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Re: Package Management Blows Goats (use cases)

On Tue, 2007-07-31 at 09:51 +0100, Richard Hughes wrote:
> (from my blog, apologies to anyone that's read this once already)

Have you read - http://klik.atekon.de/presentation/klik.html it's
focussed on the users care about applications and highlights some of the
issues with existing pkg/distro universe setup.

> Before ideal system requirements we should talk about use cases and
> system interactions. 

OK who do we care about - your subject implies all package management,
you don't really cover large systems deployment, your examples are
direct user not centrally administered based.

> I think this is where update systems have gone
> wrong in the past, closely integrating with the existing package
> system
> rather than studying the complete ideal user interactions.

So who are your users based on your cases I'm guessing:

Suzanne - non administrator casual user
Simon - a more advanced user sharing a machine with Suzanne
Toby - a single user/admin

However this is really not distinct and clear - please expand.

> Boot Time Security Update
> Toby logs into his desktop. A notification area icon with a critical
> icon appears in the top right and a libnotify popup tells him there are
> 3 three critical security updates. The libnotify popup has three
> buttons:
> • Update now in the background
> • Always do updates automatically
> • Ignore for now
> Toby clicks the first button and the update completes in the background.
> When completed, after a few minutes, another libnotify popup appears
> telling Toby that the update was completed and after a few seconds the
> status icon disappears.

This seems a reasonable one not sure if it's boot time or "scheduled

Update automatically - you need to be able to not do this if you're
using GPRS or some low bandwidth connectivity on the road. Maybe we need
a traveller case.

> Downloading an Unknown Application
> Suzanne wants to open a word file. She opens the software finder tool
> and types "office file" into the search box. A list of software appears,
> with OpenOffice being the top entry. She clicks the OpenOffice entry to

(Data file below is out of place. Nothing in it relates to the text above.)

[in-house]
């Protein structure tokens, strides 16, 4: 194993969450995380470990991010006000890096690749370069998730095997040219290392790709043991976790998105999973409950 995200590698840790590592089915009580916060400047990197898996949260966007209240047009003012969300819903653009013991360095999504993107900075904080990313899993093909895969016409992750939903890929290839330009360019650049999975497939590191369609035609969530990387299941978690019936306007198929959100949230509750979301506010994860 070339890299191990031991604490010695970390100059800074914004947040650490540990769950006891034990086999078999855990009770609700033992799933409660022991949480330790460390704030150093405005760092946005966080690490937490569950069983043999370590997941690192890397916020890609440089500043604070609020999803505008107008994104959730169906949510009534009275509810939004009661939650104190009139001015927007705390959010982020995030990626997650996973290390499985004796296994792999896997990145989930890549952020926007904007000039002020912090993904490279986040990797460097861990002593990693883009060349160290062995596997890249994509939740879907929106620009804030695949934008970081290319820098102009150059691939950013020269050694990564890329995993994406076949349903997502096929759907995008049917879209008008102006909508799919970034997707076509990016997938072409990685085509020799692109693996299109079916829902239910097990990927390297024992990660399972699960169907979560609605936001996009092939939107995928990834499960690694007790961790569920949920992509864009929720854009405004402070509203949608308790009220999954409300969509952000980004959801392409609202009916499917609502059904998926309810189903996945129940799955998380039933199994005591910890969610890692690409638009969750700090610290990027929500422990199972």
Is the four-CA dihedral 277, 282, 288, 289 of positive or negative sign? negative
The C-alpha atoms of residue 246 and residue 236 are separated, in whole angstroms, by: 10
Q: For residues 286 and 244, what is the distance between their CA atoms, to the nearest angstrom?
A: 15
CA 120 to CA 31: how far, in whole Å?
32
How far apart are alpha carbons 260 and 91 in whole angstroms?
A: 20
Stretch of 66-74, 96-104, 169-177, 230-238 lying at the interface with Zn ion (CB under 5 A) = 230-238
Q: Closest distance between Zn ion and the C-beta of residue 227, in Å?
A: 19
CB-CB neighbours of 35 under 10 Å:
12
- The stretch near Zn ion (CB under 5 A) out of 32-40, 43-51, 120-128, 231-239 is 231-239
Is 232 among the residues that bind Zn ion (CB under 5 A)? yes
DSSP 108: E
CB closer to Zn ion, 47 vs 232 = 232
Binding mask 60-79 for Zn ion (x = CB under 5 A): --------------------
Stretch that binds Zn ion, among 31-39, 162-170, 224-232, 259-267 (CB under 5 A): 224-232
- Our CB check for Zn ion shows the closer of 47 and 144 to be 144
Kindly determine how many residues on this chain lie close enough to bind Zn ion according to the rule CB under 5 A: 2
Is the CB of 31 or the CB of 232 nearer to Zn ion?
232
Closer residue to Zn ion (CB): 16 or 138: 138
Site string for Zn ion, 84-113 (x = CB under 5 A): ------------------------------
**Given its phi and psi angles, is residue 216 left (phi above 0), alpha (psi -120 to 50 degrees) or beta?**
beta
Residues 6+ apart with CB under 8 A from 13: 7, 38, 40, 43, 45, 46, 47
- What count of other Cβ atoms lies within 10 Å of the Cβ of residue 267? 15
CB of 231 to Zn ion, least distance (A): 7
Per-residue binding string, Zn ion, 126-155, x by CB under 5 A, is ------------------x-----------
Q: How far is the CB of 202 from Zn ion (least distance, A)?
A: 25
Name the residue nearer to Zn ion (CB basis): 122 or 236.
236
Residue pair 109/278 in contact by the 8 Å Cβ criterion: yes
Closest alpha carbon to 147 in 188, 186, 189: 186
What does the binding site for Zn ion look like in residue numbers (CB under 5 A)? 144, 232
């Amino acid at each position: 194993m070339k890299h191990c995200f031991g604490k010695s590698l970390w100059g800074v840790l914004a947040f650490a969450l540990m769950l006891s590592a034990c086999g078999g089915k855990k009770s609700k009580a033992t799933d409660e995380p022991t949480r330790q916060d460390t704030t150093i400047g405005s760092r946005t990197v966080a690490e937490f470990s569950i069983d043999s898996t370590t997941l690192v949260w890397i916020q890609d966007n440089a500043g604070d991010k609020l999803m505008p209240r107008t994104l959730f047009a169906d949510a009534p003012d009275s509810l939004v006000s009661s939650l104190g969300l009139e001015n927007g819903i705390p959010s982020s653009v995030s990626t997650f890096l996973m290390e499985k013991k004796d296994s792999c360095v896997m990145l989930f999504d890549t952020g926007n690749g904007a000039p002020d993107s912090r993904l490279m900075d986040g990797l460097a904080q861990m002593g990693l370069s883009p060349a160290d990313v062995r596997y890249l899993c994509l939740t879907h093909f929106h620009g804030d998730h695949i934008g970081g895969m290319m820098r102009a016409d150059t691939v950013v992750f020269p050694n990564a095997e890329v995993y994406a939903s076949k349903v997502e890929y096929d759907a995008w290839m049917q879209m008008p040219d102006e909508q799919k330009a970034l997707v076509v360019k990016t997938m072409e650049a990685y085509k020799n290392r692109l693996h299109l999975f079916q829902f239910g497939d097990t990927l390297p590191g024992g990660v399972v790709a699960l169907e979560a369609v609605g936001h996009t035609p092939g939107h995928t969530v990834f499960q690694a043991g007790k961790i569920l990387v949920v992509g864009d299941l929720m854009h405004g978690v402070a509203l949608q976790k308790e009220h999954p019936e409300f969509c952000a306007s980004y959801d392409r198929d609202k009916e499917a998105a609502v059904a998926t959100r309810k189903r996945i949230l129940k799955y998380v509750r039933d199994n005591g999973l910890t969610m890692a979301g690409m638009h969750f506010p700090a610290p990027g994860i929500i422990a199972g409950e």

> highlight it, and clicks "Install now". Suzanne is not an administrator,
> but because she is locally logged in and the package is from the "fedora
> GPG signed repository" the root password is not required. A notification
> area icon appears with a downloading icon and the package manager is
> closed. When OpenOffice is installed, a libnotify popup tells Suzanne
> that the software has been downloaded and is now ready to use.

The search requires much better metadata than we probably have in
description/summary right now. Can we use mime/file(1) info to help the

How do we define trust, how do users add trusted sources - or can only
administrators do that.

> Installing new features
> Suzanne switches back to her session and wants to add some clipart to
> the word file she has just opened. She clicks "Insert" and then
> "Clipart" and then a windows pops up telling her that clipart is not
> installed. She clicks "Install" and a progress bar appears and moves
> across as the clipart is downloaded and then installs. When finished,
> the dialog disappears and she chooses a picture of a cat.

Trying out a new version in parallel:

Simon wants to test with the new beta version of pidgin - although he
knows jabber support is broken, Suzanne uses pidgin with jabber to talk
to her friends daily. Simon downloads  the beta package installs, he
uses the beta version, whilst the stable version is still available to


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